By Pawan Oct. 24, 2020
Dhoni is CSK and CSK is Dhoni. No one would have envisioned that a player from Jharkhand would be thought of as Chennai’s own, and lead them to untold success. But all good things must come to an end.
How do you define a dynasty? By the number of victories? By the impact they had on the game? By the number of people they inspired along the way? It’s a little bit of everything. Most dynasties have a thread that binds them together. A style of play. A set of players that came together and created magic. Though Chennai Super Kings can boast of having all those qualities, the thread that bound the CSK dynasty together was their talismanic captain, and the two’s fates always felt intertwined. Dynasties end. And sometimes, they end abruptly.
Virender Sehwag was the original choice of the CSK management when the IPL began. But his insistence on playing for Delhi made the team management turn to MS Dhoni, who was the newly minted Indian captain at the time. No one would have envisioned that a player from Jharkhand would be thought of as Chennai’s own.
The Chennai Super Kings have been consistent, accumulated a rabid fan base and have been captained by Dhoni since the start of the IPL. But this edition has been ominous for them. Within a few days of reaching Dubai, Suresh Raina, one of their key players, abruptly left the squad and returned home. Harbhajan Singh said he wouldn’t play this year’s edition due to personal reasons. All eyes were on Dhoni, who hadn’t played any sort of competitive cricket since India’s ill-fated semi-final against New Zealand in the 2019 World Cup. That’s more than a year out of action.
Dhoni, the talisman
As the tournament has progressed, the sluggishness has become apparent. Even with three victories — one a comprehensive one — they haven’t found their rhythm. Dhoni looks like a pale shadow of his former self and can no longer finish matches with aplomb. They have been unable to accelerate the scoring rate, and for a team that has made the playoffs in every season, they are on alien territory.
Dhoni looks like a pale shadow of his former self and can no longer finish matches with aplomb.
Chennai’s success as a franchise can be partly attributed to their owners. India Cements have been instrumental in setting up a cricket culture in Tamil Nadu for years. While owners like Vijay Mallya, Priety Zinta, and Shah Rukh Khan bought teams to inflate their already inflated egos or expand their personal brand, N Srinivasan, the MD of India Cements and once the most powerful man in world cricket, gave the keys to the team to Dhoni and left him to his own devices. That trust paid off. They have qualified for the play-offs every season, won the trophy thrice and been the runners-up five times.
N Srinivasan or “Srini mama” as he is fondly called, might go down in history as one of the few sports administrators who genuinely kept the players’ interests in mind. It was under his stewardship that the BCCI gave past cricketers a generous one-time payment and also instituted a pension scheme that included widows of cricketers.
But Srinivasan is no saint.
At the peak of his powers, he ran the BCCI with an iron fist. He amended the rules that allowed a board member to also own a franchise, being one of the original culprits of the conflict of interest problem that has come to haunt cricket ever since. He was accused of tweaking the auction to buy Andrew Flintoff in the third season of the IPL. His lowest moment came when his son-in-law was accused of betting and the franchise was banned for two years from the league along with the Rajasthan Royals.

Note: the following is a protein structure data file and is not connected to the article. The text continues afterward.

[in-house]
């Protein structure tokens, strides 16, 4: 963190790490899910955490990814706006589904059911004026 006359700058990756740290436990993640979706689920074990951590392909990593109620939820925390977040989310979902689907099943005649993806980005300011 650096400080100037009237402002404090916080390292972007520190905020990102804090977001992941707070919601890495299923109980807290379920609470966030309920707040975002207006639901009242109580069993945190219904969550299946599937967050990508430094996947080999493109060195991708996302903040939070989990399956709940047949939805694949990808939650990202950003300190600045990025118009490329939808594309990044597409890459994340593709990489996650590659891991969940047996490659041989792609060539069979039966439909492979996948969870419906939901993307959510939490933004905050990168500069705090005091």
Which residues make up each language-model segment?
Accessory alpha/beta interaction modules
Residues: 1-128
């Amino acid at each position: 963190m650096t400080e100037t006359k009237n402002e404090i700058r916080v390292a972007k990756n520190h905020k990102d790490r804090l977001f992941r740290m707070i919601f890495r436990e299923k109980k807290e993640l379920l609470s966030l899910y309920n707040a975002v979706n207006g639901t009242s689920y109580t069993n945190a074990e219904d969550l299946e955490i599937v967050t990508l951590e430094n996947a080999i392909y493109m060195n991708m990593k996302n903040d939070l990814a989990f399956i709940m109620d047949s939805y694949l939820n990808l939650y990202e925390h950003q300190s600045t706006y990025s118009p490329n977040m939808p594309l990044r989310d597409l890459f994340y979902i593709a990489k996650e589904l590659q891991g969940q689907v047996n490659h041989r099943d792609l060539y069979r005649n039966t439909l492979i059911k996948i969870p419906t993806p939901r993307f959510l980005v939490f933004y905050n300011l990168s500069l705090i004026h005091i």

CSK story is a Tollywood script
They came back from a two-year suspension and shocked everyone by winning the title in 2018. In 2019, they made it to the finals and lost by one run. Much like Tamil cinema, their story reads like a Tollywood script. But that script might be reaching the final act. For a format that puts youth on a pedestal, many of CSK’s stars are on their last legs. MS Dhoni is 39, Shane Watson is 39, Imran Tahir is 41, Dwayne Bravo is 37. No one likes to see a dynasty end. It isn’t just about results but all the emotions that you have invested into a team or player. Dhoni is CSK and CSK is Dhoni. It’s one of cricket’s most unlikely pairings but it has stood the test of time. But nostalgia is not a strategy for winning. It’s tough to imagine CSK without Dhoni but it will come to pass sooner or later.
It’s the first time that CSK has not qualified for the playoffs, but there is always a first for everything.}
Where does CSK go from here? For a squad not used to making too many changes, a wholesale change awaits. Dhoni might play another edition, or not. We might have seen the last of the likes of Shane Watson and Dwyane Bravo. It’s the first time they have not qualified for the playoffs, but there is always a first for everything.
The Chennai fans are responsible for one of the most memorable scenes in Indian cricket. In 1999, India lost a Test match to Pakistan in heartbreaking fashion. After the match, the Pakistan team took a lap of honour around the ground and the crowd at the MA Chidambaram stadium stood up to applaud them. While the stadiums are empty now, I can imagine CSK fans doing the same: standing up and giving the Dhoni era rapturous applause. All good things must come to an end.
Even if this is the twilight of the Dhoni era, the whistles will live on forever.
Pawan has lived in Bangalore all his life and gets withdrawal symptoms if he misses South Indian food for more than two meals in a row. He can be found @thehipporules.blogspot.com and @pagesofsport.wordpress.com.